What is shame?
A small voice whispers, “something is wrong with you; you should be better; you should have it all together.” Many of us have heard this whisper of insufficiency whether it concerns our appearance, emotions, or behavior. At the core of these whispers, there are lies that tell us we are unworthy of love. These are feelings of shame telling us we should not feel weak, or we should look a certain way, or that we should meet certain expectations. Even if it is sometimes difficult to recognize, shame subtly influences many of our daily decisions and surrounds nearly every facet of our culture. Psychologist and shame researcher Brené Brown describes it as “an epidemic in our culture,”1 but despite its prevalence, the feelings of unworthiness that shame induces make it taboo.
Brené Brown defines this taboo feeling of shame as an “intensely painful feeling or experience of believing that we are flawed and therefore unworthy of love and belonging.” It is distinct from guilt in that shame is deeply connected to self, whereas guilt is associated with behavior. Guilt tells us that we did something wrong and therefore shapes future action in our lives by encouraging change from past behavior. The difference between guilt and shame lies in the difference between action and identity. While guilt focuses on an action, shame tells us that our very being is wrong. While guilt can lead to repentance and freedom, shame grows with secrecy and silence, and left alone, can lead to addictions, depression, eating disorders, and suicide. To combat such struggles, many modern psychologists offer solutions that are found within oneself.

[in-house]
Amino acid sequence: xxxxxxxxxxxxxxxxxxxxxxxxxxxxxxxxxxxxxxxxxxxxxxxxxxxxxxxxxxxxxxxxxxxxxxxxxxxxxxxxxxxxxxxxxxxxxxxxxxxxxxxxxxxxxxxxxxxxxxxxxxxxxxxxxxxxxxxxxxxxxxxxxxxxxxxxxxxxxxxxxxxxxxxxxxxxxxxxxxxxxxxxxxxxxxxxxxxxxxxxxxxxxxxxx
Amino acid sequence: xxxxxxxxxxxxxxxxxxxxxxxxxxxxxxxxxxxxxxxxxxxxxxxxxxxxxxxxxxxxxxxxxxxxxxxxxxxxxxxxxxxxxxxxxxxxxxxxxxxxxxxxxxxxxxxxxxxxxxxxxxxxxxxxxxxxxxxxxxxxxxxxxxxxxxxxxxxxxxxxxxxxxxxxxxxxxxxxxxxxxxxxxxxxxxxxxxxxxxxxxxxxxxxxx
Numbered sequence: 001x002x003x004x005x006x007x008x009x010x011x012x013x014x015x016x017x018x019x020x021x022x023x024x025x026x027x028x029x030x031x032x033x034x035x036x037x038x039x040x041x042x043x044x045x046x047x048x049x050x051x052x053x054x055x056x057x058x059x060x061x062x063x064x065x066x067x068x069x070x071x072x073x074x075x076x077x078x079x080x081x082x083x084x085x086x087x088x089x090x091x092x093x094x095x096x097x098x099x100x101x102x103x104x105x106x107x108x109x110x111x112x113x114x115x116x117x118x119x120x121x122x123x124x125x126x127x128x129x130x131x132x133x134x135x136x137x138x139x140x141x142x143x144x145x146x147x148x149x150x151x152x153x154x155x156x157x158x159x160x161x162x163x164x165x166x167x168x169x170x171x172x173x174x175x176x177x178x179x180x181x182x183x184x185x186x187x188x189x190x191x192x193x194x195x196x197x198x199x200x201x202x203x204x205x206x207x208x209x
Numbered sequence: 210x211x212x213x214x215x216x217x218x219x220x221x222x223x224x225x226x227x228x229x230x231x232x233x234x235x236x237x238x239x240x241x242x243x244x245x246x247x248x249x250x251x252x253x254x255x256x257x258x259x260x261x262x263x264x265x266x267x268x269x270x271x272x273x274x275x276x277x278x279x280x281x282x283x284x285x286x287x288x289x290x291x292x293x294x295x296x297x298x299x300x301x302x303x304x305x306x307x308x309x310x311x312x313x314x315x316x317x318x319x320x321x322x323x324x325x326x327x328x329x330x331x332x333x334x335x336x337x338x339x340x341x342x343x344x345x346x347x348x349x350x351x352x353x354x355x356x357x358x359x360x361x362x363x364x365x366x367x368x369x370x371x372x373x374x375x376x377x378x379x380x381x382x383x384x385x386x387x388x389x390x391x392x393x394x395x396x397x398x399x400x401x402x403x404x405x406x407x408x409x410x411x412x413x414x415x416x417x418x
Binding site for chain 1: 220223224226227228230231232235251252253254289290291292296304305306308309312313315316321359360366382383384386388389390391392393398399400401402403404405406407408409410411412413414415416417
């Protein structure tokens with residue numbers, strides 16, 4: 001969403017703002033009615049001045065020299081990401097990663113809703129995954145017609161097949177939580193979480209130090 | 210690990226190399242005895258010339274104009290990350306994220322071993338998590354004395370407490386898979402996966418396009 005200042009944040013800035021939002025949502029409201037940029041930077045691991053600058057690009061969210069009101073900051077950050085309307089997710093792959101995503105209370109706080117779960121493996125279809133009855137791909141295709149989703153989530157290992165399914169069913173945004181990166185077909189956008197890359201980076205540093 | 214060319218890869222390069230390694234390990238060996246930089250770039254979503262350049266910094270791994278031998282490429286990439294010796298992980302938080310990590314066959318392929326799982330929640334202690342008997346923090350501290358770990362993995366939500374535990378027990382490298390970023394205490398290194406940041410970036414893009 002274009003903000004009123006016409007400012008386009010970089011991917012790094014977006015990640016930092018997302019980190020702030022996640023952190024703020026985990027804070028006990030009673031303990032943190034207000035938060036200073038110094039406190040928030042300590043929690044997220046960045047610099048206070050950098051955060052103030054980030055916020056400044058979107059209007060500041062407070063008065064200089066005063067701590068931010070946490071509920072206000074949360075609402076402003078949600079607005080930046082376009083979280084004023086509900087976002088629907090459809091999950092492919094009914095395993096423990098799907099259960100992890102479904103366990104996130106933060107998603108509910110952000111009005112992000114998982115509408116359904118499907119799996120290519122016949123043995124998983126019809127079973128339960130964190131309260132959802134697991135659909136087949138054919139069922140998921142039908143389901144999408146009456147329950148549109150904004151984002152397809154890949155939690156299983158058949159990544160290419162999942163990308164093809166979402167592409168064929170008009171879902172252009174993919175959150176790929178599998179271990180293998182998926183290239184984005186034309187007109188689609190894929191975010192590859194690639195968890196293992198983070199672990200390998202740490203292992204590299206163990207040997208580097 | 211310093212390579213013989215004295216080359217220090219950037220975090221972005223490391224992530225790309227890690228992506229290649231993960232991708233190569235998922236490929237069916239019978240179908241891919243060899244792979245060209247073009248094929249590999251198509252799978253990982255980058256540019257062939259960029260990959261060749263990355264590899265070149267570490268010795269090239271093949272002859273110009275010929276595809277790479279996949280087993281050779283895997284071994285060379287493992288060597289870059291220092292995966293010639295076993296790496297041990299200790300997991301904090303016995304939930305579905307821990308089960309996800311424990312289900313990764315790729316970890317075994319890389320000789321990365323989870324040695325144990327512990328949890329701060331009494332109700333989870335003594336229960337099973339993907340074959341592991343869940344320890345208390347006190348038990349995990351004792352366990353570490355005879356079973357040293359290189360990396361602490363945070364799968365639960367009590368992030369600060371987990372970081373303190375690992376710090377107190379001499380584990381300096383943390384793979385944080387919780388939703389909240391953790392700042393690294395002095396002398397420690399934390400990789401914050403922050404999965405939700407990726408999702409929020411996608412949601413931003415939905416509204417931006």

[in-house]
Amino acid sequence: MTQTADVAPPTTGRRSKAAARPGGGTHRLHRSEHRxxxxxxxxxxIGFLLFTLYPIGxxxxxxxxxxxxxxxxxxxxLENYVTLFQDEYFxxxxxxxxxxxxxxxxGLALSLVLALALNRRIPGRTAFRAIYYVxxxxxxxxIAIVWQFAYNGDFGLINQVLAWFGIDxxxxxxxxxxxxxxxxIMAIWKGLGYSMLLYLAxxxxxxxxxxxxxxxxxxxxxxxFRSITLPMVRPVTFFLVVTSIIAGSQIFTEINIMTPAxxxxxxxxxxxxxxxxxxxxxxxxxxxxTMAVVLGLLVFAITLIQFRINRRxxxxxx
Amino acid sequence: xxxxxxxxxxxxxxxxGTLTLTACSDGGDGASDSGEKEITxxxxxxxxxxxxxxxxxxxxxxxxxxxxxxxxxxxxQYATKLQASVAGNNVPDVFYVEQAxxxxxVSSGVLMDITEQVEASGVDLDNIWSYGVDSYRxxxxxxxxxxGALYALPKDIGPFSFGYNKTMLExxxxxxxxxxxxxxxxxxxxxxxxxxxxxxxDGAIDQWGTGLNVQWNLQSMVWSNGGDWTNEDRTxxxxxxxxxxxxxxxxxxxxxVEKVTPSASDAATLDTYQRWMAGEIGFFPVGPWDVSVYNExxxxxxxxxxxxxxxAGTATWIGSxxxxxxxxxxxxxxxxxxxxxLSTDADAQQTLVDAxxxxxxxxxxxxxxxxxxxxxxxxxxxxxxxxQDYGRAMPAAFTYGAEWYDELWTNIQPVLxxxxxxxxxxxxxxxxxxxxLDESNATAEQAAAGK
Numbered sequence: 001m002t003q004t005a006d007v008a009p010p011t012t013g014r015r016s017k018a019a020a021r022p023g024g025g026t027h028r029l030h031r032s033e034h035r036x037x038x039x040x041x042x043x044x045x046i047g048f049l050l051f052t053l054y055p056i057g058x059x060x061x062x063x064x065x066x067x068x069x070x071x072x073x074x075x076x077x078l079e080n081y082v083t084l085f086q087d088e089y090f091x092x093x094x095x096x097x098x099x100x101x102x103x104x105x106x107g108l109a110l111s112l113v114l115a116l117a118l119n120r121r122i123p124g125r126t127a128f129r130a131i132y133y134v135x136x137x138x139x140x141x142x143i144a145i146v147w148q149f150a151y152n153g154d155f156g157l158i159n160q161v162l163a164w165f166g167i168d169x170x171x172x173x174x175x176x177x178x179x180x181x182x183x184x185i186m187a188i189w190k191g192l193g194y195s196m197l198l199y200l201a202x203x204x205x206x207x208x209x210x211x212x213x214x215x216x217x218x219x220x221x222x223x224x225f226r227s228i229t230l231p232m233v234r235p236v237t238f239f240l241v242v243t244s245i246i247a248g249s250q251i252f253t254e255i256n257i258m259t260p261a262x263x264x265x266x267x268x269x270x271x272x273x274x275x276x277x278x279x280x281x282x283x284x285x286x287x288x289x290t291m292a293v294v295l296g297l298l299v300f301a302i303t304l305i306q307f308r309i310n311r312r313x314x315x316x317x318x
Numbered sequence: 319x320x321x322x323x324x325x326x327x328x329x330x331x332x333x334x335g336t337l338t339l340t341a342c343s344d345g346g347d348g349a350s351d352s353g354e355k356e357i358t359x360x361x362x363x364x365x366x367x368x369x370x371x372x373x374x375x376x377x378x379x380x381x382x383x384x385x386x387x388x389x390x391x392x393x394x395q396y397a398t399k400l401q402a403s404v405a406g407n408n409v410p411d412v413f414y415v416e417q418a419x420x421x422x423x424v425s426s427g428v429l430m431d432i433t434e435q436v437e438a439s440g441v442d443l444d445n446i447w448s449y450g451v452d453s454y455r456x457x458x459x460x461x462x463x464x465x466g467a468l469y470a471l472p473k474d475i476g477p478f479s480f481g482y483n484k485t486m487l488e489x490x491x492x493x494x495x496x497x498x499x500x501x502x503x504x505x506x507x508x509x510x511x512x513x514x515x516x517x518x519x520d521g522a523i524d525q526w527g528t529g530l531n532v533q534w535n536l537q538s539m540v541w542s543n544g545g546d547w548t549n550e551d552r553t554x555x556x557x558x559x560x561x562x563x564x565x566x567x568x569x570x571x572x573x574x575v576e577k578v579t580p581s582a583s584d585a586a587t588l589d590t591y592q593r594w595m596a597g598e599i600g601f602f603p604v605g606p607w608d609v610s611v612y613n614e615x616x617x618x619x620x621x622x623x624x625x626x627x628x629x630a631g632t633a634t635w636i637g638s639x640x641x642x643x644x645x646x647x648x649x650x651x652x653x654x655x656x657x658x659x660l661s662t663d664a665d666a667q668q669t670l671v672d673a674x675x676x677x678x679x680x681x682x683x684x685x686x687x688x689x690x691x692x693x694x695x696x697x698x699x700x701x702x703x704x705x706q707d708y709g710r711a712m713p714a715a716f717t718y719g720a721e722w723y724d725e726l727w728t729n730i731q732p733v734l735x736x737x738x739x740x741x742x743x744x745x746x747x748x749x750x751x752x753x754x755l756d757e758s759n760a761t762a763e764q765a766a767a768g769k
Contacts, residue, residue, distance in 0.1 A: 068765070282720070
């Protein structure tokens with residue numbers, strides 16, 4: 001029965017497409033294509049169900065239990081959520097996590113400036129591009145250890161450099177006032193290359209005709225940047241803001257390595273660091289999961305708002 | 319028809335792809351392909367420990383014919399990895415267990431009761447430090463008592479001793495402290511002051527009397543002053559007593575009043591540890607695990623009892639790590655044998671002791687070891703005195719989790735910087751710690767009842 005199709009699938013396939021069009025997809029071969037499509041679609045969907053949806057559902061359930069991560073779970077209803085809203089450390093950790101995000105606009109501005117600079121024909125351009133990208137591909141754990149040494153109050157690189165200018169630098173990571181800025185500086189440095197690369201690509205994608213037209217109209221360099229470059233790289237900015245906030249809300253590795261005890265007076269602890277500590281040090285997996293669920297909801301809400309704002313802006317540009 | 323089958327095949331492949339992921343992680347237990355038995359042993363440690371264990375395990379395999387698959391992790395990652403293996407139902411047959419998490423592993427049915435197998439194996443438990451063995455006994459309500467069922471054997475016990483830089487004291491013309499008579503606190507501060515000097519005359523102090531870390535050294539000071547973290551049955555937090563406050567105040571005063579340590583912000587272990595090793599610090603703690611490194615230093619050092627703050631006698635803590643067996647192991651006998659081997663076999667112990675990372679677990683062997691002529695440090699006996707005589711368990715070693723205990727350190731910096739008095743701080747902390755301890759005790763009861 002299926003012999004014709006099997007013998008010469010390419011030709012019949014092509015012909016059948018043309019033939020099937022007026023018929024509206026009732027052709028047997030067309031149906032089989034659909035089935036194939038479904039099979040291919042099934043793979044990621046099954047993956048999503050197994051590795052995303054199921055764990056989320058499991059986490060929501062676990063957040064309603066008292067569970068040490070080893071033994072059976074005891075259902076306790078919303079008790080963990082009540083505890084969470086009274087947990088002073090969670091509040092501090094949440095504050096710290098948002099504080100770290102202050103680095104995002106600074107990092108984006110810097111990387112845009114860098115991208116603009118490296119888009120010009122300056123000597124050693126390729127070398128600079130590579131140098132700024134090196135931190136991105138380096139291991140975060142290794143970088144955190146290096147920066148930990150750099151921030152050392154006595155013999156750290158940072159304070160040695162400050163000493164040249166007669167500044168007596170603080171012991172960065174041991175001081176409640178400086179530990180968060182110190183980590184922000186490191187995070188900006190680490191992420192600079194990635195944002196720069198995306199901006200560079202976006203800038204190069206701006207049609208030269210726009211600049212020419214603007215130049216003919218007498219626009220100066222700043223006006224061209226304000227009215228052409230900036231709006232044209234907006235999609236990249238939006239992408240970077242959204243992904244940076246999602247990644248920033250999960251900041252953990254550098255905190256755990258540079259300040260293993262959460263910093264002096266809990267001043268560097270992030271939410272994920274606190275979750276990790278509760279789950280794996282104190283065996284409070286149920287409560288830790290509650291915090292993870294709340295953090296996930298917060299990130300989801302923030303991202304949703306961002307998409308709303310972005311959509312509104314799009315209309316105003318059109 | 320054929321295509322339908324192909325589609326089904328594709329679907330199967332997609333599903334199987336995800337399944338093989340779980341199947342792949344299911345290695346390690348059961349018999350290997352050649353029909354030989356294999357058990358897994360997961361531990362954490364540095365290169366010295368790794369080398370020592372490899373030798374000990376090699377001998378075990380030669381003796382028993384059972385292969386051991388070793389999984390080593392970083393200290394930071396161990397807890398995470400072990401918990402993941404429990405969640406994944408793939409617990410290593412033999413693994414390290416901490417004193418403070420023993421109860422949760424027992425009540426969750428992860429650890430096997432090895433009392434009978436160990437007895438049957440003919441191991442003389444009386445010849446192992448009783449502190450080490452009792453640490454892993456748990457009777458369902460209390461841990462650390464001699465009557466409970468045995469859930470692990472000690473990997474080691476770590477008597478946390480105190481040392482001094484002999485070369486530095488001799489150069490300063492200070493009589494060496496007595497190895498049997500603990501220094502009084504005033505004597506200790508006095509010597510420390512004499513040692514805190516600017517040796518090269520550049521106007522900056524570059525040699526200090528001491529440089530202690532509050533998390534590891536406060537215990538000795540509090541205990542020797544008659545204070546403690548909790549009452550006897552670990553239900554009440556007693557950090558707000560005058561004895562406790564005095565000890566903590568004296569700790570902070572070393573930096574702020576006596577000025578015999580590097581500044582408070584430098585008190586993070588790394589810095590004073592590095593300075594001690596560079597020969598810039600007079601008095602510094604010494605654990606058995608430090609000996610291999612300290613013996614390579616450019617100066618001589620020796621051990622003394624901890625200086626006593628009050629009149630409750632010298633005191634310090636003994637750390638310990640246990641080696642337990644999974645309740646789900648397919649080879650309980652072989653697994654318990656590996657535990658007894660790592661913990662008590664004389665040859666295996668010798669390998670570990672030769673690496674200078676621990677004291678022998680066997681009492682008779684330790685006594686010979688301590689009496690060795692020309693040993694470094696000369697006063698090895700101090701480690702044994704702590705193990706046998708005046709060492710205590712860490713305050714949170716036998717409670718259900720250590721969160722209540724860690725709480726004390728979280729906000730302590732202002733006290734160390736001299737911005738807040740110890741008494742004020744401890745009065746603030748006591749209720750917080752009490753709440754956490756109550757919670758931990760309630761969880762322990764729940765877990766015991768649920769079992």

What solutions are offered for shame?
Psychotherapist Dr. Bernard Golden offers some such self-help solutions including becoming more attuned with your inner critic, recognizing feelings of shame to show yourself compassion, forgiving yourself for your feelings, or recognizing that you are not alone in your feelings.2 Knowing yourself well enough to recognize the root of our feelings and learning to show yourself compassion are good ideas, but they fail to give a reason for the presence of shame in our lives. Author Michael Lewis in Shame: the Exposed Self argues that the three best ways to overcome shame are denial and forgetfulness, laughter, and confession. He writes that the “simplest method to cope is to allow shame to dissipate with time. People do this by removing themselves from the shaming situation, if and when they can, and then allowing shame to dissipate by itself.”3 While none of these “solutions” are inherently bad ideas, simply allowing shame to dissipate is not always feasible; they again lack a substantial reason for the presence of shame itself and ultimately rely on the power of self to overcome shame.
How does Christianity deal with shame?
Christianity not only acknowledges the presence of shame, but also provides a reason for its presence and an opportunity of freedom. Shame entered the Biblical narrative as soon as sin entered the world when Adam and Eve disobeyed God. When they sinned, they became aware of their brokenness and were filled with shame. For the first time since creation, they had an instinct to hide from God instead of running towards him and that instinct persists in our world.